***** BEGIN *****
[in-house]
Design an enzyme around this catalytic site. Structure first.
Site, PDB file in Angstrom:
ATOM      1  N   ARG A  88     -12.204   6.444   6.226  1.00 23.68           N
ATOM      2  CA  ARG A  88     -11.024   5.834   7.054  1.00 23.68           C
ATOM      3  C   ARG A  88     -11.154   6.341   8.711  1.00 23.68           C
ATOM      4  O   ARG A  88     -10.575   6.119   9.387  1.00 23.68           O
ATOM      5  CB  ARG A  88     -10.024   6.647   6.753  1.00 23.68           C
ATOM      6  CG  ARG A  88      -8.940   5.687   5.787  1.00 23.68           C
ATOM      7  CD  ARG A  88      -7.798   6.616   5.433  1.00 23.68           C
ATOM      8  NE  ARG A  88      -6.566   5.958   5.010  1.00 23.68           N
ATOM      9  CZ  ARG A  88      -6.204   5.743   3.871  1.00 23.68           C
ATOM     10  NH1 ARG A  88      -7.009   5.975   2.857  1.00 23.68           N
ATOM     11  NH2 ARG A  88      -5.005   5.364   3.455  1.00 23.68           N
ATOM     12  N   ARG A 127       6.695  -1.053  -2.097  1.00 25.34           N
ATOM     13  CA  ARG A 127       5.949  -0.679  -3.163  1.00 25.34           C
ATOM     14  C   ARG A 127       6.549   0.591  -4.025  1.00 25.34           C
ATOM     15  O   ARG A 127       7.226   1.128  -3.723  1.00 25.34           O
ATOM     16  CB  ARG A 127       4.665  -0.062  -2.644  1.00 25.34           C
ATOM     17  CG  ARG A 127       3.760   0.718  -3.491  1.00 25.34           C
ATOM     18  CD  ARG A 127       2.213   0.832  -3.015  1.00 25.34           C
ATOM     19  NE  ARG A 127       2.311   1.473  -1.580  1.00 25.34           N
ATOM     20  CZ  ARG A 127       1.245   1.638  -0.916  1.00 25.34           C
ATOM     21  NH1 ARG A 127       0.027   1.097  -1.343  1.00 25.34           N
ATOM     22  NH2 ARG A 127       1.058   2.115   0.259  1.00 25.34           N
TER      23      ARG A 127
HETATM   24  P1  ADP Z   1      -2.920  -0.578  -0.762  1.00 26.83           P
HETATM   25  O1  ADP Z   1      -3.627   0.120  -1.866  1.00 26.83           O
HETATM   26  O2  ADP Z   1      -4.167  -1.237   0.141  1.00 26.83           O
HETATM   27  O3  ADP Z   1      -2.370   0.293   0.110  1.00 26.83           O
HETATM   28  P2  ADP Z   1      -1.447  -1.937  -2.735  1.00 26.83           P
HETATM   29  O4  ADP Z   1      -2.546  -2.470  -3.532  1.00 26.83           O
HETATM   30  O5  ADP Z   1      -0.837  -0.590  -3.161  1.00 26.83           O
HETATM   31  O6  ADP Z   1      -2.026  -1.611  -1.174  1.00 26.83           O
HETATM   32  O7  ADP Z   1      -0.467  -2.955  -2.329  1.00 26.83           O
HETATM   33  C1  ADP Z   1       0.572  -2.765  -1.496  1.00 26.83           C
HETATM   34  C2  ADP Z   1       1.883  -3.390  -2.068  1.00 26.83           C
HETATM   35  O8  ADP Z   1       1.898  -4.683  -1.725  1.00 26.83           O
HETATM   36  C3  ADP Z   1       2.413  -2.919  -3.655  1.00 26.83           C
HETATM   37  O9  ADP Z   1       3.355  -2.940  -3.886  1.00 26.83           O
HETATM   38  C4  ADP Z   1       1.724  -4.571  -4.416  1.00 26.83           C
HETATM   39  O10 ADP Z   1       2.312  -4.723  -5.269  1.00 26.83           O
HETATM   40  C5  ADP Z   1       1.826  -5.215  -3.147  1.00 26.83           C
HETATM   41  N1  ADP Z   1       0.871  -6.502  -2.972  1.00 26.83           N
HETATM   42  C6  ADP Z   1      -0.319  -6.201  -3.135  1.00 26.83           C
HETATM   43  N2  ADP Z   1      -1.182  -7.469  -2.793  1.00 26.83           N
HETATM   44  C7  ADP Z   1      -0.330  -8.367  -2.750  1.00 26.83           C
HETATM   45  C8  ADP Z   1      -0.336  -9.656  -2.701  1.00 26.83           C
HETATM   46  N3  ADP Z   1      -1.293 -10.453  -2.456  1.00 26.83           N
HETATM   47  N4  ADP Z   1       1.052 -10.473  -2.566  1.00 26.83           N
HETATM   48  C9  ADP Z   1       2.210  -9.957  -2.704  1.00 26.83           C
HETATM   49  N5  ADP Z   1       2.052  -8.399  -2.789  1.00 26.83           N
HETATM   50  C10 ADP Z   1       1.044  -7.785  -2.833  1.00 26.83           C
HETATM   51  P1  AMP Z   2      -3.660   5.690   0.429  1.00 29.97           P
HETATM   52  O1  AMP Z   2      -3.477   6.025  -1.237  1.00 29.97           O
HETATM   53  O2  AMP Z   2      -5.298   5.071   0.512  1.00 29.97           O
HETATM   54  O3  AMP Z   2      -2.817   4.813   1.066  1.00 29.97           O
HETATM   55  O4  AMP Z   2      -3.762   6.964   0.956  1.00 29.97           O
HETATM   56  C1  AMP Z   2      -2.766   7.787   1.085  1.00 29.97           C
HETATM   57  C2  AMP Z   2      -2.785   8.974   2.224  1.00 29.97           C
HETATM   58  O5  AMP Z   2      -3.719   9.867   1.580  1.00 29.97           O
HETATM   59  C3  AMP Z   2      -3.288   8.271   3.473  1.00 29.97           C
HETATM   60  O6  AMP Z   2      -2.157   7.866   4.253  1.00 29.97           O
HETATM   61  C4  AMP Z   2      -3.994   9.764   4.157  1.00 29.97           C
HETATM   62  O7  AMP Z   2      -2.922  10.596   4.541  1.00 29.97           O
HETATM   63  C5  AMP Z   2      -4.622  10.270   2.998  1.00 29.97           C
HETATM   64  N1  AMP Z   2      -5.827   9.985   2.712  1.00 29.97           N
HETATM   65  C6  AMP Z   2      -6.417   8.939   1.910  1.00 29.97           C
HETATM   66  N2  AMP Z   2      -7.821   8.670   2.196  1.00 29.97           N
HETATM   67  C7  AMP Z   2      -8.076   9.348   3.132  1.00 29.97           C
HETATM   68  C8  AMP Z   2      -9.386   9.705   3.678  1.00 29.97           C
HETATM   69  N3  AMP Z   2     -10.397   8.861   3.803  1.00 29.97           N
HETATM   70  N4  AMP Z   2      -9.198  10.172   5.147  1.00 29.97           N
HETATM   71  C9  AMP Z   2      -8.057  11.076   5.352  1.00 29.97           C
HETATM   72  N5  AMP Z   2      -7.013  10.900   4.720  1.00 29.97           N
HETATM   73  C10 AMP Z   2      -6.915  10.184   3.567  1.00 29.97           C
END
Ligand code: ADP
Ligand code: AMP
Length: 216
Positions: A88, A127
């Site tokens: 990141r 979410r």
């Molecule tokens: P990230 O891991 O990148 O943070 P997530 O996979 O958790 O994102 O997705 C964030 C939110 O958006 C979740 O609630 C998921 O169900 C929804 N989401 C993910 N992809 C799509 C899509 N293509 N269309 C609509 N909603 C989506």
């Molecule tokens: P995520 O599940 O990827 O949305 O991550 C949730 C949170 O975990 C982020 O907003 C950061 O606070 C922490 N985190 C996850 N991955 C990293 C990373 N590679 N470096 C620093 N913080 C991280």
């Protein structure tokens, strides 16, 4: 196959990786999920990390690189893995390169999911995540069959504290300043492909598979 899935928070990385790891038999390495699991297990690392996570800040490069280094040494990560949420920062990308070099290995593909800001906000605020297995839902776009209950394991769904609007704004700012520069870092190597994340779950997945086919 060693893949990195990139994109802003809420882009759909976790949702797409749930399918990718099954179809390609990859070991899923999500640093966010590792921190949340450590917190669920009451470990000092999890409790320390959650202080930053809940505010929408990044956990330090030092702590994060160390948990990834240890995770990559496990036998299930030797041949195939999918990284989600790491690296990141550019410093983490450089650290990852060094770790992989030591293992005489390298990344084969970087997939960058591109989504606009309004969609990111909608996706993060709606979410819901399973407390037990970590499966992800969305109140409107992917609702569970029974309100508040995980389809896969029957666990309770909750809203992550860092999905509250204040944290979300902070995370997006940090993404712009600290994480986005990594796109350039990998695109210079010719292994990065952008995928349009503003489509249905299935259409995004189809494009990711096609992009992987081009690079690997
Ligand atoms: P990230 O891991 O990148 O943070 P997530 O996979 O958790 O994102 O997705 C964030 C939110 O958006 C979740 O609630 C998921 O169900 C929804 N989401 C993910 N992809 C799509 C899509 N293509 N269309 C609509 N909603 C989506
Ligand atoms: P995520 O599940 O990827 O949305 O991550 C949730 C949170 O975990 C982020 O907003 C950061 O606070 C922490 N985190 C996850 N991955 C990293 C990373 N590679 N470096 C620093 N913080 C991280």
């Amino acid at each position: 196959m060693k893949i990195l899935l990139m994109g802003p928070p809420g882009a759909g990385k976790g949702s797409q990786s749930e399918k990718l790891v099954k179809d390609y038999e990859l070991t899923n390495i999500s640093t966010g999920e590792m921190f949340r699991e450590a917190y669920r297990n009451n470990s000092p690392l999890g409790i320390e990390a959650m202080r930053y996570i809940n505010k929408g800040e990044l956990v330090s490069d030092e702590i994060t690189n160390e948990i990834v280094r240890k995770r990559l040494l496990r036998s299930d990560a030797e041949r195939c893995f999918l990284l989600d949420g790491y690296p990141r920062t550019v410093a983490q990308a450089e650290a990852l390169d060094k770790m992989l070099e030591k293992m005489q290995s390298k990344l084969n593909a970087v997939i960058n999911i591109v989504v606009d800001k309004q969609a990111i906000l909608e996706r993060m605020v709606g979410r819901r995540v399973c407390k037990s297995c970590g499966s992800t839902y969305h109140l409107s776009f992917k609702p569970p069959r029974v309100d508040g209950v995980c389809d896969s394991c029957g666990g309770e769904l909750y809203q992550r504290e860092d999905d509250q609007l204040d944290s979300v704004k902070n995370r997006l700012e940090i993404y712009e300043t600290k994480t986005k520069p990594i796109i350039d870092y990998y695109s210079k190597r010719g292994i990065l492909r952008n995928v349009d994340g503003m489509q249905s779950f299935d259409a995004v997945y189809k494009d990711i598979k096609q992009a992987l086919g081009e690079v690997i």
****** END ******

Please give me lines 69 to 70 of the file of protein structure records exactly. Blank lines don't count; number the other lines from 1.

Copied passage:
HETATM   66  N2  AMP Z   2      -7.821   8.670   2.196  1.00 29.97           N
HETATM   67  C7  AMP Z   2      -8.076   9.348   3.132  1.00 29.97           C